Part of the challenge of remote meetings, is that they fail to capture the fluidity and conversational nature of their in-person counterparts. Businesses are competing with technology, disparate time zones, and also every individual employees work-from-home setup.
It’s why as we work with more and more clients who have gone to full remote setups, we have baked in more planning time, and encouraged the use of templates, frameworks, and pre-made visual elements to help jump start the brainstorm, meeting, or remote strategic planning session. We find these elements help to open people up, who are missing the traditional pre-meeting preamble and chit chat.
Tip 3: Remote Strategic Planning Takes Longer Over High-Speed Internet
When discussing how to conduct a strategic planning session, perhaps the greatest tip we can offer is to allow more time. Space your sessions out. It’s natural to suppose that in the absence of travel, bathroom breaks, breakfasts and lunches, that these important meetings, when hosted virtually should be wrapped up more quickly. Nothing could be further from the truth.
Time is the secret sauce to developing good ideas. The reason off-sites and national conferences work so well is that they force people to press pause, collect their thoughts, and see what new and inventive ideas pop up. And while Zoom fatigue is very real, the temptation to shorten your strategic planning retreat should be resisted at every cost.
Instead, ImageThink always suggests spreading that one-day virtual strategic planning session over two days, and creating a virtual-specific strategic planning schedule. Take the 3-day retreat and schedule the agenda over the course of a week. This serves many purposes. It ensures that people don’t get burnt out on a full day of staring at a computer screen and wearing headphones, it allows more everyone to contribute (both in real time and asynchronously), and most importantly, it allows everyone on the team to have a break to think for themselves and develop their own thoughts and ideas, that can be questioned, examined, and stress-tested in the next session.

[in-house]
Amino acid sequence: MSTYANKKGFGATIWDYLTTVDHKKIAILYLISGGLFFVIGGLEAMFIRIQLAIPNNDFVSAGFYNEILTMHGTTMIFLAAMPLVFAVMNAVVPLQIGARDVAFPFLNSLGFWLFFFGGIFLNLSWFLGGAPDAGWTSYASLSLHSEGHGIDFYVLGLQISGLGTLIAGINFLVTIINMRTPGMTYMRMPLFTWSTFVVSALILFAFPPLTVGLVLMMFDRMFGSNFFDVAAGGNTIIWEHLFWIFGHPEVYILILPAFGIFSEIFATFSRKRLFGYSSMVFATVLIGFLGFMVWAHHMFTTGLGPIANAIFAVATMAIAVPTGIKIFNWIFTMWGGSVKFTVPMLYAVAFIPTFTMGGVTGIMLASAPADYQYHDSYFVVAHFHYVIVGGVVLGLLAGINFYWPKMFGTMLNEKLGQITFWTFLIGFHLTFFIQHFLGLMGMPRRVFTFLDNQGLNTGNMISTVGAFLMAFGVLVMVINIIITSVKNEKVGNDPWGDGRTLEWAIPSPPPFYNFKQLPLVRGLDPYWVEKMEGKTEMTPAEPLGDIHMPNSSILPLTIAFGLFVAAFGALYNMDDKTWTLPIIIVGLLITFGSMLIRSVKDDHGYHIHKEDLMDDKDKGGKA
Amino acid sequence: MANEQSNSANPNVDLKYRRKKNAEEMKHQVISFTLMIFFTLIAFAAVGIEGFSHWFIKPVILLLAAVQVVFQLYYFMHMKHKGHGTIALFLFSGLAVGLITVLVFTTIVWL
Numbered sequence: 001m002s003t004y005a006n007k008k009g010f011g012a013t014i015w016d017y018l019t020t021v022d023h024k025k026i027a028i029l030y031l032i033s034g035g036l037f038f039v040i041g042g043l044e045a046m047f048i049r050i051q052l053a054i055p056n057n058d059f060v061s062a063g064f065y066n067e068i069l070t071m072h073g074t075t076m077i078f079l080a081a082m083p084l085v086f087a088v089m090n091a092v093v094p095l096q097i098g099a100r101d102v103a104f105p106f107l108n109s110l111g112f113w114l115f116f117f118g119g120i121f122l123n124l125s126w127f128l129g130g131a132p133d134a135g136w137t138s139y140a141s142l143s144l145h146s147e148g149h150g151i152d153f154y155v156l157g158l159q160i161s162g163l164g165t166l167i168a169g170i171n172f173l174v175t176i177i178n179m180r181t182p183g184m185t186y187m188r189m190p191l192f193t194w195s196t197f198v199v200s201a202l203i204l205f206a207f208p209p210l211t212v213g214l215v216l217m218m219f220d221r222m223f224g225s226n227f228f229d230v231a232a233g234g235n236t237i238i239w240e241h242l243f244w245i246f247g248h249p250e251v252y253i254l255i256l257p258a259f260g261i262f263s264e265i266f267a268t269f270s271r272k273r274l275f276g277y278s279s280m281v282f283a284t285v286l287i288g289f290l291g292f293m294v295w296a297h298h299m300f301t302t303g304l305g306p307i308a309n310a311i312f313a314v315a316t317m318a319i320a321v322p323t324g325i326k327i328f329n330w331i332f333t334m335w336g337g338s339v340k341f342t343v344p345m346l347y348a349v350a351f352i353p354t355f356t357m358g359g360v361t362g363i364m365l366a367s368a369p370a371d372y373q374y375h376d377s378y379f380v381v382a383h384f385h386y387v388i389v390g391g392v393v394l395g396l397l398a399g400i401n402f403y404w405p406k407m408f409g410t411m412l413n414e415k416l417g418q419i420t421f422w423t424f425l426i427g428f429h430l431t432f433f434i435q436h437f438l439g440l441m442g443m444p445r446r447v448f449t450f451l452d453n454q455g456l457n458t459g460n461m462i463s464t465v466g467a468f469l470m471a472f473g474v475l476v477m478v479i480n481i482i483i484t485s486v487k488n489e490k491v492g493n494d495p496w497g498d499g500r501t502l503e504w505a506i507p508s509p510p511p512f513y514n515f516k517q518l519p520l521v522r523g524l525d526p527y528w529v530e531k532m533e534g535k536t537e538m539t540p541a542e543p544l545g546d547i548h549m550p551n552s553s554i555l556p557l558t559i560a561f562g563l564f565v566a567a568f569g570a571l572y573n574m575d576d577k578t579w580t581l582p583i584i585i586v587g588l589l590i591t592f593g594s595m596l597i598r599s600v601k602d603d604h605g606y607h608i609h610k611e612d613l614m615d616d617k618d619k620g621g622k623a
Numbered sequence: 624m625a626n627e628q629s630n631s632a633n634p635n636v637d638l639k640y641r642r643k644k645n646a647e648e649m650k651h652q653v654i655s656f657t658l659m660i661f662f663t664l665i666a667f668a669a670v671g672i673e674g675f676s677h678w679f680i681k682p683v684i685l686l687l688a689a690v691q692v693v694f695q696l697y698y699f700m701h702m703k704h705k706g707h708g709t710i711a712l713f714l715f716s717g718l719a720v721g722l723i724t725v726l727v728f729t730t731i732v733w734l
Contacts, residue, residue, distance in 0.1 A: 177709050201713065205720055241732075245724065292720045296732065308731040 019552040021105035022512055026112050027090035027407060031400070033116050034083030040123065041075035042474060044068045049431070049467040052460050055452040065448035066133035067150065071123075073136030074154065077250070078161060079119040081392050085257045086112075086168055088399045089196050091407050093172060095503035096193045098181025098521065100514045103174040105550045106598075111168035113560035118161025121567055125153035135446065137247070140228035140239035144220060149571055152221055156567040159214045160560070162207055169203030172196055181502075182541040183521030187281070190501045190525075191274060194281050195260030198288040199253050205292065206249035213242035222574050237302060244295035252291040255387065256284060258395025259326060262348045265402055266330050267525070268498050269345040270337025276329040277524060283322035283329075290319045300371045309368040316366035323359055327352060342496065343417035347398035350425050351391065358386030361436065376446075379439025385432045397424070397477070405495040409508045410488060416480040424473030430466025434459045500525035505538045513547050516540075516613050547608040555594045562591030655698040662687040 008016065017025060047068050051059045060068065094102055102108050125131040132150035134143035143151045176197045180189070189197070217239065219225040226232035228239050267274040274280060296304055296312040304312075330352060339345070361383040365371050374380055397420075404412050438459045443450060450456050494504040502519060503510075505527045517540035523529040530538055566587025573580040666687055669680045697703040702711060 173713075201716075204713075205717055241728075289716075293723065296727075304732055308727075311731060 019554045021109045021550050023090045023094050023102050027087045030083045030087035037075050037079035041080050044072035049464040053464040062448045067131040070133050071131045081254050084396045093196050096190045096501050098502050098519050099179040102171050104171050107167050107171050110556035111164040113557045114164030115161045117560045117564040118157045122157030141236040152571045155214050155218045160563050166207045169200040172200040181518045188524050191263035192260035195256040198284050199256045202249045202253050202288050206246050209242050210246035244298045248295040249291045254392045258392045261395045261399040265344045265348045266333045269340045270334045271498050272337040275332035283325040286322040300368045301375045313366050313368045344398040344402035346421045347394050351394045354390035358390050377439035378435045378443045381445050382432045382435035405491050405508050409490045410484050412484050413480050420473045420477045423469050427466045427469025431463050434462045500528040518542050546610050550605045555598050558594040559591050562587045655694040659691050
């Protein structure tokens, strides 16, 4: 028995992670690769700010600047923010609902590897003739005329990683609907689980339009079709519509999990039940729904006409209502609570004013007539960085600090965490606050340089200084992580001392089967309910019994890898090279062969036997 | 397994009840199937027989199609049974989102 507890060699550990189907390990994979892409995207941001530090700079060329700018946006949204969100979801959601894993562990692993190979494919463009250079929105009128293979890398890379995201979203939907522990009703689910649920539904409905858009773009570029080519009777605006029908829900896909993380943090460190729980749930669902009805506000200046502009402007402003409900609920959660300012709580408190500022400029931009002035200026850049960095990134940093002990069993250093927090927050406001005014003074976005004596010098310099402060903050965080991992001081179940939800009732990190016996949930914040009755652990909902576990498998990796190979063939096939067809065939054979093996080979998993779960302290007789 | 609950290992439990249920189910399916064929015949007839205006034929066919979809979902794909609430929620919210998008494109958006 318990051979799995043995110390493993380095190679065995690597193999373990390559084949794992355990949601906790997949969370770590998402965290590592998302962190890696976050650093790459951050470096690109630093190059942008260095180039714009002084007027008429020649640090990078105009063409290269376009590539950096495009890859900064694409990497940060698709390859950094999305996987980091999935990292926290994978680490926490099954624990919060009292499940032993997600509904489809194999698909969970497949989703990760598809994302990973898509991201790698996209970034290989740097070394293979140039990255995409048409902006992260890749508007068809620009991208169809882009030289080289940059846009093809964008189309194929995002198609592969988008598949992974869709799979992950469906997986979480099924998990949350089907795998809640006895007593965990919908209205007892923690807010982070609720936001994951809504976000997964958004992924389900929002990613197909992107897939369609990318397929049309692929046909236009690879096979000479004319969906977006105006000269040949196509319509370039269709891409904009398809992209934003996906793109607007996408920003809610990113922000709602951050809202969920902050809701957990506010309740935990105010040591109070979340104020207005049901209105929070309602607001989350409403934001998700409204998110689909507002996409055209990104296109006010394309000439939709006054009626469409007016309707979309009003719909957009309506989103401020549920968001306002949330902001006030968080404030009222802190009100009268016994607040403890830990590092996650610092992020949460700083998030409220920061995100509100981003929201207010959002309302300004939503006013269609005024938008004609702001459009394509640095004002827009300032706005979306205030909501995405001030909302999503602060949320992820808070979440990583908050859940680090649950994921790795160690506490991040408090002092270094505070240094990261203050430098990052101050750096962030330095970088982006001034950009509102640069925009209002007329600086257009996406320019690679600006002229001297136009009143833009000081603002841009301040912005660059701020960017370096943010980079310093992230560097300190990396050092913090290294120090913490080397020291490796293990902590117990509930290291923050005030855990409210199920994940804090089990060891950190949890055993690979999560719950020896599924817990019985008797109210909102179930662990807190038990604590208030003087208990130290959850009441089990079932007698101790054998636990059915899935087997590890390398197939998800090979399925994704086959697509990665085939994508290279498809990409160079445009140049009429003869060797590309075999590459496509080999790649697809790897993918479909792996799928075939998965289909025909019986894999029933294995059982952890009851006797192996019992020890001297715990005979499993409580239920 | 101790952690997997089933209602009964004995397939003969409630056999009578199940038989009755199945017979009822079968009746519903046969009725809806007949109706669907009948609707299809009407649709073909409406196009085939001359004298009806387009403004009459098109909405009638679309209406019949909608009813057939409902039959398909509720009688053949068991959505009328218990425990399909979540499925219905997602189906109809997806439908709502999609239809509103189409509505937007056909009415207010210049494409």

Face Uncertainty with a Remote Strategic Planning Session
A global pandemic, peaceful protest marches, violent police abuses, wide ranging business closures, a stock market on a trip to the moon, and an election year. If 2020 has a defining quality, it’s instability.
Instability creates, encourages, and broadens uncertainty, and the only thing worse than uncertainty is uncertainty without a plan. Plans can be bent, broken, adapted, and remade (as many of us have experienced this year), but with a strategy in hand, your team will be able to head off challenges with a clear map, that they helped develop.
Whether remote, in-person, or in a hybrid form, strategic planning sessions are more critical now than ever. Give yourself extra time, create engaging visuals, and plan for a successful 2021.
If you find that you do need additional help running your meeting, consider contacting us for virtual meeting facilitation. Our team is ready to discuss how we can help today